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Apple (NASDAQ:AAPL) sold around 4.2 million iPads in Q3 and captured around 95% of the tablet market according to research done by Strategy Analytics.[1]. Gartner predicts tablet sales of 55 million in 2011,[2] and if Apple captures 80% of this market, this translates to 44 million sold. This is double our 20 million estimate for next year and would add around 5% upside to the $418 Trefis price estimate for Apple’s stock. However, competing tablets will flood the market next year and could take more market share than we currently expect.

HP (NYSE:HPQ), Dell (NASDAQ:DELL), LG Electronics (OTC:LGERF), Research in Motion (RIMM), Samsung (OTC:SSNLF), Toshiba (OTCPK:TOSBF), and Cisco (NASDAQ:CSCO) are all angling for a piece of the tablet market and have either recently launched tablets or are planning to launch one early next year.

While Apple has distribution and first mover advantages, competitors with smaller tablets, added features and the popular multi-media player Adobe Flash – which the iPad does not support – might put up a stiff fight in the tablet market.

Distribution Advantage for Now

HP could only take orders for 9,000 units of its Slate tablet in the first few days of its launch [3]. In comparison, Apple sold 300,000 iPads on the first day of its launch [4]. Apple’s planning and well established distribution channels allowed it to handle the surge in demand which helped establish the tablet market.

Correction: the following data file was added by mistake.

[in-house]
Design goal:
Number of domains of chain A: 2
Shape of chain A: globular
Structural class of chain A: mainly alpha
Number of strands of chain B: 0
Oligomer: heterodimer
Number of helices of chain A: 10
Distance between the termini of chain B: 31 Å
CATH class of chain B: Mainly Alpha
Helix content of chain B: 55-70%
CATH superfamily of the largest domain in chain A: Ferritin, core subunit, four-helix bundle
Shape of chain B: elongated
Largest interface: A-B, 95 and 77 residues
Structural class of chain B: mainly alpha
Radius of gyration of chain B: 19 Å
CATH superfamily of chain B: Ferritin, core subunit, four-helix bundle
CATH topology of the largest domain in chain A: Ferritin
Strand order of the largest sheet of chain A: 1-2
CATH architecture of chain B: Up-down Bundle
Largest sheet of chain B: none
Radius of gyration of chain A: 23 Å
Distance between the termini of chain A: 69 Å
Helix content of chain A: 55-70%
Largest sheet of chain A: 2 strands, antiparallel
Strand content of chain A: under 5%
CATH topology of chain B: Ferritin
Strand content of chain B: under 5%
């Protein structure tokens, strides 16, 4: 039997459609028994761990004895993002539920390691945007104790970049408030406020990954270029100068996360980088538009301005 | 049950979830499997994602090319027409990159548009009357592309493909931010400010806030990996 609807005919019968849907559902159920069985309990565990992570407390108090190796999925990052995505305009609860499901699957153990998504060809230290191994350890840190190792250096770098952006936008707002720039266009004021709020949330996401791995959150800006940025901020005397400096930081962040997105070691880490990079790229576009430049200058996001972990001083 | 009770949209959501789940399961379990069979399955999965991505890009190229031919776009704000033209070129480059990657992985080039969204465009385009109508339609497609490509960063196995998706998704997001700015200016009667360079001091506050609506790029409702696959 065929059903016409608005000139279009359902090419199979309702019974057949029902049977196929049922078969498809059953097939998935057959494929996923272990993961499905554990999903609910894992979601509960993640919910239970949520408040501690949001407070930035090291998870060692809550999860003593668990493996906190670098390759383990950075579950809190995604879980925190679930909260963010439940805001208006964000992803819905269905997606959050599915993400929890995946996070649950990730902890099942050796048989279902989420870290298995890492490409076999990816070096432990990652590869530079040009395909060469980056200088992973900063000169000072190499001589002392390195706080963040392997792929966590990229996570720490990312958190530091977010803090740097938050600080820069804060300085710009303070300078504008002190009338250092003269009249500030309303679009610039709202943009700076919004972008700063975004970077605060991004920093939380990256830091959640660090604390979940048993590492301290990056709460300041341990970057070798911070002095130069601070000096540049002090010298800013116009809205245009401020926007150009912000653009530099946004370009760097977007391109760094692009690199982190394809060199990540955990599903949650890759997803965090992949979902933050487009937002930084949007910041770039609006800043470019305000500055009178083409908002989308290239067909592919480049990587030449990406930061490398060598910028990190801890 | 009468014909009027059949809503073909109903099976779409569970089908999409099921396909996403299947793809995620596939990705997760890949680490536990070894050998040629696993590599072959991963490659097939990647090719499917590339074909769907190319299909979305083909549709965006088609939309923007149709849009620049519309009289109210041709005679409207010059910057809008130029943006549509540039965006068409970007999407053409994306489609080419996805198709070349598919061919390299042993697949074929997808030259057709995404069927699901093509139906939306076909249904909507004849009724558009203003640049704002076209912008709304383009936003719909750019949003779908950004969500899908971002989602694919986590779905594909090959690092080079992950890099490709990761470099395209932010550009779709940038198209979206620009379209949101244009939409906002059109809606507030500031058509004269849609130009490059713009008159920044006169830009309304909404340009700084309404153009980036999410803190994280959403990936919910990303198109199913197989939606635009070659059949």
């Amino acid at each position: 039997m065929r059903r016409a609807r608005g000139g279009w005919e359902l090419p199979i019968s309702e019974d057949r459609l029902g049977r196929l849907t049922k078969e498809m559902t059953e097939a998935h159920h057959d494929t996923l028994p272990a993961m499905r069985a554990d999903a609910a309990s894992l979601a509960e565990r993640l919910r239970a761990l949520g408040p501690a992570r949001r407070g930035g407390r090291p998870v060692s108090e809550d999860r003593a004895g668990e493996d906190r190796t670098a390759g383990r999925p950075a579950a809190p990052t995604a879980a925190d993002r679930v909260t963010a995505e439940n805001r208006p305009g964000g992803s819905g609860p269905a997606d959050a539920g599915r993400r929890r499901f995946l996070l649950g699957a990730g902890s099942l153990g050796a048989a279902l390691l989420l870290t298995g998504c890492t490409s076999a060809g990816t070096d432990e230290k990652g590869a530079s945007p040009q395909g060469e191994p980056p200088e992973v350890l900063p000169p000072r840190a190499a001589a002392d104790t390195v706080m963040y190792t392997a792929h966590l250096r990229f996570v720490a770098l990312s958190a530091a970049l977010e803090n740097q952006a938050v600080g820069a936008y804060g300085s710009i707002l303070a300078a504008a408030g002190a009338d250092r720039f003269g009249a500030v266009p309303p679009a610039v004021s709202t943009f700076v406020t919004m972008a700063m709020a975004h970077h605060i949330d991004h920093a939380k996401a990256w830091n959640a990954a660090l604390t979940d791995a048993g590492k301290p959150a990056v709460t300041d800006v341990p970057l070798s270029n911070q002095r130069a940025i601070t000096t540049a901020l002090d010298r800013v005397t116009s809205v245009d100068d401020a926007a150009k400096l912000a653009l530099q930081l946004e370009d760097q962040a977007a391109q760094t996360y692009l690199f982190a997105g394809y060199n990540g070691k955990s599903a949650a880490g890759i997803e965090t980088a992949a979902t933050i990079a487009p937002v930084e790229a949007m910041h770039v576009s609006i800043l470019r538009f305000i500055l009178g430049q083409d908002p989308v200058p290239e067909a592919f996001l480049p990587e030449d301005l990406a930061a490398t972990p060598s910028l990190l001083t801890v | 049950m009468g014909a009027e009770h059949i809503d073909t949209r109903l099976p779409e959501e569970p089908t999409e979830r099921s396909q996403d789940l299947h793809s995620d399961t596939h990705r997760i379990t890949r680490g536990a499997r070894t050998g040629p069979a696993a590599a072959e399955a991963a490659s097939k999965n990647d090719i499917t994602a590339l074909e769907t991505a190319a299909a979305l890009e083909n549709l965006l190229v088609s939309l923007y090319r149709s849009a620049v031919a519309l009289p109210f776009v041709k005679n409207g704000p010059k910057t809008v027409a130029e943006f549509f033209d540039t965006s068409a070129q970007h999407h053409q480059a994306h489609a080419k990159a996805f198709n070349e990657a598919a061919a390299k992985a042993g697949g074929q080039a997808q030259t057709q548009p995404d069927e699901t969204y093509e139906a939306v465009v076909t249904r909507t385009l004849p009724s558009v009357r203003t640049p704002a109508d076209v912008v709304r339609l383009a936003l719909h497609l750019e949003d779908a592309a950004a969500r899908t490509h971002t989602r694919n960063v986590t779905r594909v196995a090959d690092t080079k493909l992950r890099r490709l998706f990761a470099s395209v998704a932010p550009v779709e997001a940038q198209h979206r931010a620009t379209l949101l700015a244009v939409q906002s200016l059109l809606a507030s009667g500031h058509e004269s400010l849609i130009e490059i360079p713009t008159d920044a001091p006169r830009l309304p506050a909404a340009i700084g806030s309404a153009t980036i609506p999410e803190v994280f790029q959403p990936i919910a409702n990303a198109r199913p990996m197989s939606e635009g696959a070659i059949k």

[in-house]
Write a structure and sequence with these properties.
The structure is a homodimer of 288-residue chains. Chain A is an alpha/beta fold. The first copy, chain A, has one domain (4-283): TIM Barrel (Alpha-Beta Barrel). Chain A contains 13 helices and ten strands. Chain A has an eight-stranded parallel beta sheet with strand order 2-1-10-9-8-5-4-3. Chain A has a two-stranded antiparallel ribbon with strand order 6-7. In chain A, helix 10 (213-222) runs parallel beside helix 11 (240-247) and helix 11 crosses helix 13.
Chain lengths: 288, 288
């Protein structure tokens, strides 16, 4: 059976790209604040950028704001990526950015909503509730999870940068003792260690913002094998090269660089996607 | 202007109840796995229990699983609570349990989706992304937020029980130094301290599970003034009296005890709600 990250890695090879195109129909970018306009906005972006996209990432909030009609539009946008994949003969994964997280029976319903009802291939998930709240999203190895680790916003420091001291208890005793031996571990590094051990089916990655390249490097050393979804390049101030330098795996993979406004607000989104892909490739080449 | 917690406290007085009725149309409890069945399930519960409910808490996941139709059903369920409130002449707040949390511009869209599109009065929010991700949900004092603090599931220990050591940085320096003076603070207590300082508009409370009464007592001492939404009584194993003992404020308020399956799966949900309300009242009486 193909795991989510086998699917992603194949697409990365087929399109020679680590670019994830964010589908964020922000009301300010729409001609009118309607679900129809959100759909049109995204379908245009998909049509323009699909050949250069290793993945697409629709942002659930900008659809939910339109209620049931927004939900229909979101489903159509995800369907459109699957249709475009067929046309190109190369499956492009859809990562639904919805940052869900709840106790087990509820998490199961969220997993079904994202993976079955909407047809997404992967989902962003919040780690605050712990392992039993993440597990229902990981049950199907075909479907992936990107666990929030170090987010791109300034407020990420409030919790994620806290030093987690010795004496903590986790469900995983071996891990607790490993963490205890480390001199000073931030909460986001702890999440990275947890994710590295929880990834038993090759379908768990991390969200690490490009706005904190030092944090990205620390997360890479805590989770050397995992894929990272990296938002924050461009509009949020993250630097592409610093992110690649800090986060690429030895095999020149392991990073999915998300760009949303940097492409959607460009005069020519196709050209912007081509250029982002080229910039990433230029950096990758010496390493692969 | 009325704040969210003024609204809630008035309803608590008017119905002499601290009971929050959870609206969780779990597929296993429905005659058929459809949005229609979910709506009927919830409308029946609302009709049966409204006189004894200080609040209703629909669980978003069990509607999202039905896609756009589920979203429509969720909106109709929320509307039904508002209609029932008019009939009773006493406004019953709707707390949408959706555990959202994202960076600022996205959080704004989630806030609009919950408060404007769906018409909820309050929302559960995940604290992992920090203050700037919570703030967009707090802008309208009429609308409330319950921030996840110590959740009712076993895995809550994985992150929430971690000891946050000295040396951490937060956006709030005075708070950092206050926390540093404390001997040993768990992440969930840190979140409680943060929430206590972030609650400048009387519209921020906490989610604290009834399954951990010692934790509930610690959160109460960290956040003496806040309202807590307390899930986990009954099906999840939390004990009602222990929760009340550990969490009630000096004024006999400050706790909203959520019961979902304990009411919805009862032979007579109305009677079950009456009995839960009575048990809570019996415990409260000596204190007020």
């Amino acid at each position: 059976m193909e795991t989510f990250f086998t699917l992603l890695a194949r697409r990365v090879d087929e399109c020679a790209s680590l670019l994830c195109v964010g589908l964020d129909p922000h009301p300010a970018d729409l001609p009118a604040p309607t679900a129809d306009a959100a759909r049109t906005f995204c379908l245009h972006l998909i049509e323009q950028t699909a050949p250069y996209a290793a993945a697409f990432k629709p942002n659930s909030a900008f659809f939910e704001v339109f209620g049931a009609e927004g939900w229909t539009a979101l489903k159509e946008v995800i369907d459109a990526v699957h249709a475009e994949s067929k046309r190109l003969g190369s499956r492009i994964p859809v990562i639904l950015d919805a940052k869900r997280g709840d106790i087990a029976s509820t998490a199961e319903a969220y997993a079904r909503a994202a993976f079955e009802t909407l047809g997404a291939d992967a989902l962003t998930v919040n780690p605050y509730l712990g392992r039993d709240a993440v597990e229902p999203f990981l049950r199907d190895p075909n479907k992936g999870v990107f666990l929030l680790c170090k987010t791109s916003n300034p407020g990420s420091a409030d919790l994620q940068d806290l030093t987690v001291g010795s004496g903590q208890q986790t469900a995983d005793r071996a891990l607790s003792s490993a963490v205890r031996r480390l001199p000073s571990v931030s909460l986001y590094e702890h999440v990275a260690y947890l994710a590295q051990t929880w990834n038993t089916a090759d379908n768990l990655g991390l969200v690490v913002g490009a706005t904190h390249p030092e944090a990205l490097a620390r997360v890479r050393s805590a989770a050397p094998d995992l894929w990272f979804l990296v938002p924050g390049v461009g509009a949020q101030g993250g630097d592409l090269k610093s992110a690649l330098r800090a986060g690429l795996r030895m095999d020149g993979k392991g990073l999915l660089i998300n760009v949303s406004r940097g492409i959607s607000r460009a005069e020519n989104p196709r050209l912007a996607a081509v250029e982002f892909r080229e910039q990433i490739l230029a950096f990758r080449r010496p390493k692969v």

These distribution channels for the iPad are growing as well. Since July 2010, Apple has been selling the device at Best Buy (NYSE:BBY), Target (NYSE:TGT), Wal-Mart (NYSE:WMT) and Amazon.com (NASDAQ:AMZN), in addition to company-owned stores and its website.

Also expansion into international markets, including China where the iPad launched in Sep 2010, is expected to fuel more growth. We currently estimate that Apple will sell 12.5 million iPads in 2010 and 20 million in 2011, which may look quite conservative given demand growth. You can adjust these assumptions in the chart above.

Price, Screen Size and Flash the Concerns

However, other tablets may take some market share from the iPad by offering new features at a lower pricing point. For example, the Samsung Galaxy Tab tablet is much smaller size (7 inches) and so can fit into a coat pocket. It has two cameras, one in the front and one in the back, while the iPad currently doesn’t have a camera.

Companies might also look to lower prices to attract more budget conscious customers potentially affecting Apple’s pricing strategy. Companies like HP, Cisco, Dell and RIM have strong relationships with corporate customers and could offer attractive pricing to these clients to establish an enterprise market for tablets.

Moreover, almost all competitors other than Apple will support Adobe Flash, which is a multi-media platform that adds animation and interactivity to web pages. Apple chose to support HTML5 instead of Flash in a much-publicized attack from Steve Jobs on Adobe.

Currently 75% of all online videos still use Flash, and it could remain the preferred online video platform in the near future, which could be a competitive disadvantage to the iPad[5].

Though Apple’s iPad has set the standard for tablets, the number of competitors entering the market with different offerings could take share from Apple.

Notes:

  1. Strategy Analytics: Tablet market for Q3 2010
  2. Wall Street Journal: Apple iPad dominates tablet market
  3. AppleInsider: HP Slate Sees Demand Sizzle
  4. Apple iPad first Day Sales
  5. Discussed in another Trefis article

Disclosure: No position

Source: iPad’s Challenge for Next Year